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Sunday, August 18, 2019  Spokane, Washington  Est. May 19, 1883
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Filmmaker, Gonzaga professor Matt McCormick to screen two films at Magic Lantern

A still from “The Great Northwest,” which screens Tuesday at Magic Lantern. (Courtesy of Matt McCormick)
A still from “The Great Northwest,” which screens Tuesday at Magic Lantern. (Courtesy of Matt McCormick)

While browsing a thrift store in Portland several years ago, filmmaker Matt McCormick stumbled upon a scrapbook from 1958.

In the scrapbook was a meticulous record of a 3,200-mile road trip by four women from Seattle – Sissie, Berta, Clauris and Bev – through Washington, Idaho, Montana and Oregon as told through photos, postcards, receipts, menus and brochures.

McCormick was intrigued and knew instantly he had found his next project.

“When I saw this, first I was amazed looking at this beautiful document of this region I was interested in,” he said.

McCormick decided to, as closely as he could, retrace the women’s road trip and present a then-and-now-type film.

That film, “The Great Northwest,” will screen at the Magic Lantern Theater on Tuesday, and another of McCormick’s films, “Buzz One Four,” will screen on Wednesday.

Recreating the quartet’s trip meant traveling from Seattle, over the Cascades, through Spokane and Coeur d’Alene, to Yellowstone and Glacier national parks, down the Idaho panhandle into Oregon and up the Oregon coast before heading back to Seattle.

McCormick, who has lived in the Northwest since 1995, enjoyed seeing how much the region had changed since the women completed their trip, change that was especially aided by the addition of interstates and dams.

Vantage, Washington, McCormick learned, was essentially relocated after construction of Wanapum Dam put the original town under water. The old Main Street, he said, is now a boat ramp

“That was what was fun about this project is it really forced me to look at the region in this different lens because it’s so easy for us to take everything we see for granted,” he said. “Between dams and the freeways and general development, we have really reshaped this landscape.”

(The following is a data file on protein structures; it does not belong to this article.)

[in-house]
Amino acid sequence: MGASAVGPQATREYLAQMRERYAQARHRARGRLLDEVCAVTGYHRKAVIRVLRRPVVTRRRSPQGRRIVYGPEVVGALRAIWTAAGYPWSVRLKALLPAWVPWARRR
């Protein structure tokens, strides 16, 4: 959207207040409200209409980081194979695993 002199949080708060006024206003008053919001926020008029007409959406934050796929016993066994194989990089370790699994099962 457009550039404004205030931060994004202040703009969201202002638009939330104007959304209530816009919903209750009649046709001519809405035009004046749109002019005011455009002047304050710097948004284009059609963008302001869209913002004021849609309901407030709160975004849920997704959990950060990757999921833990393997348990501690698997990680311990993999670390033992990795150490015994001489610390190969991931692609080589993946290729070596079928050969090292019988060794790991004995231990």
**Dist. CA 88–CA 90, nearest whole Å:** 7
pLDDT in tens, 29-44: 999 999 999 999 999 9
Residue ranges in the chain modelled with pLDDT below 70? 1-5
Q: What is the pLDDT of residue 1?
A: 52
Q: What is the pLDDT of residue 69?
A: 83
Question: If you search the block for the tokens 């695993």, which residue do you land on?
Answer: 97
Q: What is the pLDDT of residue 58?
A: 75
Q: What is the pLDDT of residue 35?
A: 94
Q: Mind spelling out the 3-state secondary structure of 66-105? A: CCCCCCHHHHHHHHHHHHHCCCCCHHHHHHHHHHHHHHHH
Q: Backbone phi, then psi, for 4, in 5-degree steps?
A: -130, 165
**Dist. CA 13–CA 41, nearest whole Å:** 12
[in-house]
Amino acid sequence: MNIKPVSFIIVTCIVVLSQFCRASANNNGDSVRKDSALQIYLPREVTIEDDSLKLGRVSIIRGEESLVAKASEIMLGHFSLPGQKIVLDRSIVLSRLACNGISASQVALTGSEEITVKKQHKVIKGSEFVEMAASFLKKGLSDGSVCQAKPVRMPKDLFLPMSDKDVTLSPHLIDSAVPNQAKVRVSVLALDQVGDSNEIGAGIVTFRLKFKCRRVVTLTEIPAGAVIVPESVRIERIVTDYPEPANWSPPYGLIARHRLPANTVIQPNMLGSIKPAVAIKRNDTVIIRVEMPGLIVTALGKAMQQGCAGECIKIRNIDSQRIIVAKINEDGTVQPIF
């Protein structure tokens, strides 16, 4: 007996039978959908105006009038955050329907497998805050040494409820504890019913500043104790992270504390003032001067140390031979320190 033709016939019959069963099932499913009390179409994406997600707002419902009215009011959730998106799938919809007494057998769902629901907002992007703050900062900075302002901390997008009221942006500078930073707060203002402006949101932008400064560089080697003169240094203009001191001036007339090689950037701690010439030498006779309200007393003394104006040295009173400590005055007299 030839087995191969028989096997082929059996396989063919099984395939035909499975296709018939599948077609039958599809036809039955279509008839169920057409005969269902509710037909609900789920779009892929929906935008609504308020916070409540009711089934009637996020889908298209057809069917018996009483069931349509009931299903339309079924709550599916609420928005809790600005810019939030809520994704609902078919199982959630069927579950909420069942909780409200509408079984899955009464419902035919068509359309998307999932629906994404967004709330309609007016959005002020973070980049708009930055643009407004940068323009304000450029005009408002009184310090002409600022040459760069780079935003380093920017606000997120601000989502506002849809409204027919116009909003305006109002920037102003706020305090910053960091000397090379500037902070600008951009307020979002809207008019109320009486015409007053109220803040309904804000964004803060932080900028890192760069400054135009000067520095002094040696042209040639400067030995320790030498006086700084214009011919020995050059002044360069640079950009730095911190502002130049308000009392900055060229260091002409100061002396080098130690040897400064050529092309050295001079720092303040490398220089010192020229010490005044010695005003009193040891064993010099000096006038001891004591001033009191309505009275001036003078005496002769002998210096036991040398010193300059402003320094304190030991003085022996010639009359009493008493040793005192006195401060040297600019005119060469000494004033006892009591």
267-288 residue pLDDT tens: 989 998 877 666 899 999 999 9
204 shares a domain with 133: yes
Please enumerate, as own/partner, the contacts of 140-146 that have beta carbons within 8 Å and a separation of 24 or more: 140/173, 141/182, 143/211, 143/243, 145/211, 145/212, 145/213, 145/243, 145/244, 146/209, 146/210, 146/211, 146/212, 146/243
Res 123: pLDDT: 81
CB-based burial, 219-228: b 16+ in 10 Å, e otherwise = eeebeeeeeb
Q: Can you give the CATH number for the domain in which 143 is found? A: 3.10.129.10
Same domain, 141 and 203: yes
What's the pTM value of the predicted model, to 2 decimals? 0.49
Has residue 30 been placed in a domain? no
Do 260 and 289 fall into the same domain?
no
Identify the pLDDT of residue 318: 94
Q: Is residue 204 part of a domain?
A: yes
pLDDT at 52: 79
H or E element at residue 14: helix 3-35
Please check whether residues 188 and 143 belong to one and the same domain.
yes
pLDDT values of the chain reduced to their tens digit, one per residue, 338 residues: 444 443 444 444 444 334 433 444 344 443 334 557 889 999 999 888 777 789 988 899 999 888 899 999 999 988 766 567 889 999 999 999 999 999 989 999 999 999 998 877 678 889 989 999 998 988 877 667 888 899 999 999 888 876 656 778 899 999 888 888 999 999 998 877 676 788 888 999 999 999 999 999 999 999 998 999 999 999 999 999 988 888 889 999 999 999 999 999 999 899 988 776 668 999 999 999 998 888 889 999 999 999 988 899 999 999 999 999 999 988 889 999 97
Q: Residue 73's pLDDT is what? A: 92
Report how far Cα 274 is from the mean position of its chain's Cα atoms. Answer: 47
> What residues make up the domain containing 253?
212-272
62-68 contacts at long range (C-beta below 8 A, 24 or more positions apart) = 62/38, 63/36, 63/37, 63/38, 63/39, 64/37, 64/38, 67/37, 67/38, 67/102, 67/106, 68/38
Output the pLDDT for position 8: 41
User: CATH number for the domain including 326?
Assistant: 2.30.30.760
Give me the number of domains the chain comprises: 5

But humans aren’t to blame for all the changes in the region. The eruption of Mount St. Helens had a lot to do with it too.

“As much as we’ve done, we’re still not as powerful as Mother Nature,” McCormick said.

McCormick embarked on his road trip in 2010 and released “The Great Northwest” in 2012.

McCormick’s latest film “Buzz One Four” hit a little closer to home, although the action takes places on the East Coast.

“Buzz One Four” tells the story of McCormick’s grandfather, and others like him, who flew B-52s loaded with nuclear weapons in what was called Operation Chrome Dome.

The operation required Air Force pilots to fly these planes for nearly 28 hours, until just before they reached Russian airspace.

If they hadn’t been given the order to fire by the time they were nearing that airspace, the pilots would turn around and fly back to America.

“It was the early days of the theory of mutual destruction where the idea was even if the Russians surprise us and completely take us out, at least these bombers will already be up in the air ready to retaliate,” McCormick said.

During one routine trip home, the plane McCormick’s grandfather was flying hit a patch of winter weather. The tail broke off, something that had happened to other B-52s, and the plane crashed in western Maryland, about an hour from Washington, D.C.

“The two bombs that were on board were something like 1,100 times more powerful than the bomb we dropped on Hiroshima,” McCormick said. “You can imagine if they had gone off the East Coast would look real different right now. The area around there would be like Chernobyl is today.”

Fairchild Air Force Base, McCormick said, was used as a Chrome Dome base.

While researching this film, McCormick also learned that Air Force doctors created what we now know as crystal meth to help keep pilots alert during the long Chrome Dome flights.

“We had, 24 hours a day, seven days a week, airplanes with a known structural defect being flown by exhausted soldiers on speed with nuclear bombs on them,” McCormick said. “Once I started putting all of that together, then the filmmaker voice in the back of my head was like ‘Why haven’t you made a movie about this yet?’ ”

“Buzz One Four” was completed in 2017.

These Magic Lantern screenings mark the first time Spokane audiences will be able to see McCormick’s work in town.

McCormick, whose films have been screened internationally, including at the Sundance Film Festival, the Museum of Modern Art, the Reykjavik Art Museum, SXSW and the Seattle Art Museum, moved to Spokane in August to launch a film program at Gonzaga University.

So far, students have been excited about the classes, which McCormick hopes to use to both teach the creative process of filmmaking and further Gonzaga’s mission of social justice and activism.

McCormick is excited for the opportunity to introduce himself to Spokane through these screenings and hopes that in the future, it will be his students showing their work at local theaters.

“While I was in Portland, I not only was making films, but I was always very involved in the local filmmaking community,” he said. “That’s something I hope to do here. In a lot of ways, this screening is my way of saying ‘Hello Spokane. I look forward to working with you.’ ”

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